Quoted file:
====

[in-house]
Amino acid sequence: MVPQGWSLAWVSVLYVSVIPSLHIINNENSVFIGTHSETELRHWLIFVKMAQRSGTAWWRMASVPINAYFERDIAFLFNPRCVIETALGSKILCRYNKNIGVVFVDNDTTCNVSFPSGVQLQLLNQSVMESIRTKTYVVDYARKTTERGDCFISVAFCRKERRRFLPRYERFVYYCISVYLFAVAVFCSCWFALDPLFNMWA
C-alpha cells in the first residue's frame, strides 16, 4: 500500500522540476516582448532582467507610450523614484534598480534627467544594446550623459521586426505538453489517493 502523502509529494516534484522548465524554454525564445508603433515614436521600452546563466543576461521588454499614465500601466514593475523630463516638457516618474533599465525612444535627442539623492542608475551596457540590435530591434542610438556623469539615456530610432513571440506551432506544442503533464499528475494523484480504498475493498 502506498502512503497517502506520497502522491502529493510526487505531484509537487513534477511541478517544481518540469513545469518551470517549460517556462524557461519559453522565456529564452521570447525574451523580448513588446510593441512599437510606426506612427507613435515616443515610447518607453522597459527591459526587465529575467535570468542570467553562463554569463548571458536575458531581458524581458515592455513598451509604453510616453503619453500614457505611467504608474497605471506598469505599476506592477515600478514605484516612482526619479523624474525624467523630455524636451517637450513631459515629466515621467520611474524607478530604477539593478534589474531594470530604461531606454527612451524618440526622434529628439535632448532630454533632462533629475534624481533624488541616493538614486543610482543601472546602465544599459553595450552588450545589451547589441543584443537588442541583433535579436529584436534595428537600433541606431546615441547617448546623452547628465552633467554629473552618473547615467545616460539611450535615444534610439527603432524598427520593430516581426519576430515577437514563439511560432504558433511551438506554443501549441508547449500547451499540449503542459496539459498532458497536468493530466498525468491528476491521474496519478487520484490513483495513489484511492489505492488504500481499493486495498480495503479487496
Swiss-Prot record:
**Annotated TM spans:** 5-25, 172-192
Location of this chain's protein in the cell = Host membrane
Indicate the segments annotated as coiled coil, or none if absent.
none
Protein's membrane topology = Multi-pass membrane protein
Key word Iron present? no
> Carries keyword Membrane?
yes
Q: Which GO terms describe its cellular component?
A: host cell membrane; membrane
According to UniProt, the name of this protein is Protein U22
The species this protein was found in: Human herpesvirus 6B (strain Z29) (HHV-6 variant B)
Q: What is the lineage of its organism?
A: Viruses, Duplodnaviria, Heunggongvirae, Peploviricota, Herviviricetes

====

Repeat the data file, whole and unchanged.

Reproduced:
[in-house]
Amino acid sequence: MVPQGWSLAWVSVLYVSVIPSLHIINNENSVFIGTHSETELRHWLIFVKMAQRSGTAWWRMASVPINAYFERDIAFLFNPRCVIETALGSKILCRYNKNIGVVFVDNDTTCNVSFPSGVQLQLLNQSVMESIRTKTYVVDYARKTTERGDCFISVAFCRKERRRFLPRYERFVYYCISVYLFAVAVFCSCWFALDPLFNMWA
C-alpha cells in the first residue's frame, strides 16, 4: 500500500522540476516582448532582467507610450523614484534598480534627467544594446550623459521586426505538453489517493 502523502509529494516534484522548465524554454525564445508603433515614436521600452546563466543576461521588454499614465500601466514593475523630463516638457516618474533599465525612444535627442539623492542608475551596457540590435530591434542610438556623469539615456530610432513571440506551432506544442503533464499528475494523484480504498475493498 502506498502512503497517502506520497502522491502529493510526487505531484509537487513534477511541478517544481518540469513545469518551470517549460517556462524557461519559453522565456529564452521570447525574451523580448513588446510593441512599437510606426506612427507613435515616443515610447518607453522597459527591459526587465529575467535570468542570467553562463554569463548571458536575458531581458524581458515592455513598451509604453510616453503619453500614457505611467504608474497605471506598469505599476506592477515600478514605484516612482526619479523624474525624467523630455524636451517637450513631459515629466515621467520611474524607478530604477539593478534589474531594470530604461531606454527612451524618440526622434529628439535632448532630454533632462533629475534624481533624488541616493538614486543610482543601472546602465544599459553595450552588450545589451547589441543584443537588442541583433535579436529584436534595428537600433541606431546615441547617448546623452547628465552633467554629473552618473547615467545616460539611450535615444534610439527603432524598427520593430516581426519576430515577437514563439511560432504558433511551438506554443501549441508547449500547451499540449503542459496539459498532458497536468493530466498525468491528476491521474496519478487520484490513483495513489484511492489505492488504500481499493486495498480495503479487496
Swiss-Prot record:
**Annotated TM spans:** 5-25, 172-192
Location of this chain's protein in the cell = Host membrane
Indicate the segments annotated as coiled coil, or none if absent.
none
Protein's membrane topology = Multi-pass membrane protein
Key word Iron present? no
> Carries keyword Membrane?
yes
Q: Which GO terms describe its cellular component?
A: host cell membrane; membrane
According to UniProt, the name of this protein is Protein U22
The species this protein was found in: Human herpesvirus 6B (strain Z29) (HHV-6 variant B)
Q: What is the lineage of its organism?
A: Viruses, Duplodnaviria, Heunggongvirae, Peploviricota, Herviviricetes